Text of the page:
The evidence? One of the best indicators is to look at labour market data. The Office of National Statistics confirmed in January that the number of vacancies has reached a record high for the fourth month in a row. Employers across the economy are not able to find the skills and talents they need. Whilst there is still no overall wage growth, evidence from the REC now suggests that employers are increasing starting salaries in a bid to get applicants. At a time when UK productivity is falling behind, upward pay pressure will make this situation worse.
So, what should be done?
It’s not all gloom and doom. The levy has encouraged some organisations to look at their apprenticeship levy and use it constructively to address both future and current skills needs, but this appears to be the exception, not the rule. Is government spending delivering an apprenticeship system that will provide skills for the future for all? At the moment, it’s a resounding no. So, what should be done?
- Free up management and technical skills and education from the straightjacket of the levy and apprenticeships.
- Provide access to apprenticeship funding for Small Businesses.
- Education and Training for Young and old.
Clearly 2018 has some challenges, but with more stability this year and some of these three solutions implemented – at least partially – we at GetMyFirstJob believe it will be a significantly busier and more productive year for candidates, training providers and employers, as we all get to grips with this new world. Indeed, we are already seeing a significant increase in activity and increasing competition for candidates in just the first six weeks of the year.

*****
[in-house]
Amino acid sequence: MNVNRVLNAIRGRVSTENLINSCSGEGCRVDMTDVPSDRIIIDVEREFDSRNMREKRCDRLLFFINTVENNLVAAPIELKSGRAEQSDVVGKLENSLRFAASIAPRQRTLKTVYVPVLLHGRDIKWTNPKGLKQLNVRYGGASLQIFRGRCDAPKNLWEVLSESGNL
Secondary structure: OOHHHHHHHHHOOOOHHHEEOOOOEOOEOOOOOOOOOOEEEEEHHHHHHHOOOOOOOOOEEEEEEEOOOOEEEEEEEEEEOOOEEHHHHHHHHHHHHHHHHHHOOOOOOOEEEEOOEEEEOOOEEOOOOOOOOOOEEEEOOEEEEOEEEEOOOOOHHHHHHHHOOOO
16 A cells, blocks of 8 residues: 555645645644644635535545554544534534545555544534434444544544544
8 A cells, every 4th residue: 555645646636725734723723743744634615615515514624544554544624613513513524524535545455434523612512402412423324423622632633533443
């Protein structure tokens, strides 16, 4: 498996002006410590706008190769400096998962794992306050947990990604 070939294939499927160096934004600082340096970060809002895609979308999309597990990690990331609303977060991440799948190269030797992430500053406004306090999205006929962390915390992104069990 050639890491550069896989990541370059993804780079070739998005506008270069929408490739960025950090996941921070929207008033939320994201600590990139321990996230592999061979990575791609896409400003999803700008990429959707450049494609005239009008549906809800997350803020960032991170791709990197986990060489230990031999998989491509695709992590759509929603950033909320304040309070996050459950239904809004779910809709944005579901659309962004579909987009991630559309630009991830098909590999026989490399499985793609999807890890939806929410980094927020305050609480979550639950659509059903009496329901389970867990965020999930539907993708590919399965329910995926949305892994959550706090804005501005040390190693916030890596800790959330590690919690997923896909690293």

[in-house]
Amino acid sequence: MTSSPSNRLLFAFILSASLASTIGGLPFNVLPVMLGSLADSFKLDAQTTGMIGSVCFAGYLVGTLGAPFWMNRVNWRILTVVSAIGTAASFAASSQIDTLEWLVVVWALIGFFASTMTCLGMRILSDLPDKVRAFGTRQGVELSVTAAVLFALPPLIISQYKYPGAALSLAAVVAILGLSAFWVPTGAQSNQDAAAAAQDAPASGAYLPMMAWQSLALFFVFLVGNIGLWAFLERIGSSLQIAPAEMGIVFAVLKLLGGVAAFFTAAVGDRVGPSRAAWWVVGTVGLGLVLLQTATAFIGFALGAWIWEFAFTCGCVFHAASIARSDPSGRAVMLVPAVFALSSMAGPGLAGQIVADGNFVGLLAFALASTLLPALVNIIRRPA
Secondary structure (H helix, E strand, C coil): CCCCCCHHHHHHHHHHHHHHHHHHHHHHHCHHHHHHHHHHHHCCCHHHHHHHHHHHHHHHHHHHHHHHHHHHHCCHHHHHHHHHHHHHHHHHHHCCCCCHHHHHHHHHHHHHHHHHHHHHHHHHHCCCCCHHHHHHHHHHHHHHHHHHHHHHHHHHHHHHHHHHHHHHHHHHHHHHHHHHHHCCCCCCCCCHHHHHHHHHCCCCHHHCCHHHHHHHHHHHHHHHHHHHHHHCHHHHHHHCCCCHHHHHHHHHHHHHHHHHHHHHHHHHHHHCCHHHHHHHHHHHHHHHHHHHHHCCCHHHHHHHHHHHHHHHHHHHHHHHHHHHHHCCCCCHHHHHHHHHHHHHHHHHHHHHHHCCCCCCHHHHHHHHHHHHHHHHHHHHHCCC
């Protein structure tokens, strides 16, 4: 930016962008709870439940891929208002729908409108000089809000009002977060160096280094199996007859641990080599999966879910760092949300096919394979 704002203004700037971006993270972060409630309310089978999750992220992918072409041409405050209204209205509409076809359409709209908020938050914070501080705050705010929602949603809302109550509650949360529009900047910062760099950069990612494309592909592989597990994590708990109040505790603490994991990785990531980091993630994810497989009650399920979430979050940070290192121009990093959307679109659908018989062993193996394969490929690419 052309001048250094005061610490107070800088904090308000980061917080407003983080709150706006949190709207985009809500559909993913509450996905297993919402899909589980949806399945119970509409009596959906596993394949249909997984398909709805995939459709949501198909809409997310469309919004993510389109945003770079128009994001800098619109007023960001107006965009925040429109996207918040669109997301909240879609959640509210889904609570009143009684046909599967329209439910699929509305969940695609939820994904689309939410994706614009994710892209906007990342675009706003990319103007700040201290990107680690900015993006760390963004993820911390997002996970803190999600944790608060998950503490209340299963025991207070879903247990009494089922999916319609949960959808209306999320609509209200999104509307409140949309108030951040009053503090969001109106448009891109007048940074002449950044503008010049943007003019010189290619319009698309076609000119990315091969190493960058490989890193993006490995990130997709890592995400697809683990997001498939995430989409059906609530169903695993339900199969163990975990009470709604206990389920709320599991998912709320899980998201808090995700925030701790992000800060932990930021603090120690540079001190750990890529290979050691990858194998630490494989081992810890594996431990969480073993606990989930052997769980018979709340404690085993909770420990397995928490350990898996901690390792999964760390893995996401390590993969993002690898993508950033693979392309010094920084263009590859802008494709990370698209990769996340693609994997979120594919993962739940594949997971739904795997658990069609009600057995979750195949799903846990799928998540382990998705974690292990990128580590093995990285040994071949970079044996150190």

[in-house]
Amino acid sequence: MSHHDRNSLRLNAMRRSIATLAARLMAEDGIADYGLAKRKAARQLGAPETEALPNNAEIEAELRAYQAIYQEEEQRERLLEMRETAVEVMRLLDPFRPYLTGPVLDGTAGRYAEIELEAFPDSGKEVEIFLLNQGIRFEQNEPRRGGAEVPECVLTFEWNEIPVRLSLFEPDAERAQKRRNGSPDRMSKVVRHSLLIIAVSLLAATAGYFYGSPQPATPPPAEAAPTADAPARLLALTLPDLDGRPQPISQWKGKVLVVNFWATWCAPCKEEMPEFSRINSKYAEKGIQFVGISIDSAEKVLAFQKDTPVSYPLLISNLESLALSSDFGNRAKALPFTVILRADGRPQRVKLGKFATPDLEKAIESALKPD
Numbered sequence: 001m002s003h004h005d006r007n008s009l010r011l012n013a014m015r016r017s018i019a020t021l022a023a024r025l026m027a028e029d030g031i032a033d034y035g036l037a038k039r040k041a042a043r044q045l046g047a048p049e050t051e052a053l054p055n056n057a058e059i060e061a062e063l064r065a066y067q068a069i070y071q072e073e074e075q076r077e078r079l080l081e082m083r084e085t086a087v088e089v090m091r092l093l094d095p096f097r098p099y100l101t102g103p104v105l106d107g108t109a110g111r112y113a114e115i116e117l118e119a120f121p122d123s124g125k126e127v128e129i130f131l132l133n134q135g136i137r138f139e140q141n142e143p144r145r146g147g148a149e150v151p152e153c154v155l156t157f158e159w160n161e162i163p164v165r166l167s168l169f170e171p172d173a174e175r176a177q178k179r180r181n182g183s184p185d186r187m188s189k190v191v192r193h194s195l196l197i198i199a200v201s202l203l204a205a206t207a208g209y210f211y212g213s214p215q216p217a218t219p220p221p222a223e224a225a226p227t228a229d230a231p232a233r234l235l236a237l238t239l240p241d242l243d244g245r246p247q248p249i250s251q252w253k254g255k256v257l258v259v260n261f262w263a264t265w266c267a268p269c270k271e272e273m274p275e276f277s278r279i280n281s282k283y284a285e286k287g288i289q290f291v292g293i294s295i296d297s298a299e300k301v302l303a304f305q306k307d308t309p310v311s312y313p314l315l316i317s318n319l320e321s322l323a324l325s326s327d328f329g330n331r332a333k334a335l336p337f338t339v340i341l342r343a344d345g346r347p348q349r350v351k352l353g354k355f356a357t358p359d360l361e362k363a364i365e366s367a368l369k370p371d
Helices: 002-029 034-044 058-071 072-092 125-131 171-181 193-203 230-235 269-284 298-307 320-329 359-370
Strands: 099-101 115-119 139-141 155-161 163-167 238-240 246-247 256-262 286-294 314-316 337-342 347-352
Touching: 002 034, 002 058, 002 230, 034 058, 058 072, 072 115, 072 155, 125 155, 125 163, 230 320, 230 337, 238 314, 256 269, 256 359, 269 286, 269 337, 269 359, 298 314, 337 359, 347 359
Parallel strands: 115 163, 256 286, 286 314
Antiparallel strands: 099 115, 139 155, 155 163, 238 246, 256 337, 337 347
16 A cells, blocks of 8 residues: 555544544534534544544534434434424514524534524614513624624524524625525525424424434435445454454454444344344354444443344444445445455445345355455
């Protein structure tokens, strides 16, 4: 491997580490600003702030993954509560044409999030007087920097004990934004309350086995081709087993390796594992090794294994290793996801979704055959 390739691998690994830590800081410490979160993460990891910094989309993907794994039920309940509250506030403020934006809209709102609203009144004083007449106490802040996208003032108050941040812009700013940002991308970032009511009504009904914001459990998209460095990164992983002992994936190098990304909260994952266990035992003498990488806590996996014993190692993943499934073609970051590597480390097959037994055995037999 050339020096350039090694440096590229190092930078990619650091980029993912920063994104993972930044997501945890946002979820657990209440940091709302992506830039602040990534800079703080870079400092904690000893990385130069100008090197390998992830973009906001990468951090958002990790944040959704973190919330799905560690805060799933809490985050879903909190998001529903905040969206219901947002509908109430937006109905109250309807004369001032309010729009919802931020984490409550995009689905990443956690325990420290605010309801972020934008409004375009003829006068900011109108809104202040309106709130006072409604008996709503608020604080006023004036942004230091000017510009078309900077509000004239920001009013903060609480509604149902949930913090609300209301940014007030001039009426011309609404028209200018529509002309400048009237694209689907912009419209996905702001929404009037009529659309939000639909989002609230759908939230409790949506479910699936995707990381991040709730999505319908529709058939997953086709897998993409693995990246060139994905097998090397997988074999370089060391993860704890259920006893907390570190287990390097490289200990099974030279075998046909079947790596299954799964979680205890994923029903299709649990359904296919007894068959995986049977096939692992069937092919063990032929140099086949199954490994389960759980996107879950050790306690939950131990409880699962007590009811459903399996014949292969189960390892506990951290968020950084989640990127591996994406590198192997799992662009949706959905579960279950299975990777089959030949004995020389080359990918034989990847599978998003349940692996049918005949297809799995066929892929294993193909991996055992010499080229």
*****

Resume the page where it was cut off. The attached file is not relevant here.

David Allison is founder and CEO of GetMyFirstJob.co.uk, an innovative web platform that improves the speed and quality of matching young people to the right apprenticeship and the right employer/ training provider.
David is available to interview further on this topic. If you are interested please contact Clare Watson - email@example.com
GetMyFirstJob - https://www.getmyfirstjob.co.uk
The TalentPortal - https://www.thetalentportal.co.uk/
GetMyFirstJob don’t just provide apprenticeships – they care about young peoples’ futures and do everything possible to connect them with opportunities that will transform their lives. Providing choice, easy access to skills learning and that all-important break into their first job.
Press release distributed by Pressat on behalf of GetMyFirstJob, on Friday 16 February, 2018. For more information subscribe and follow http://www.pressat.co.uk/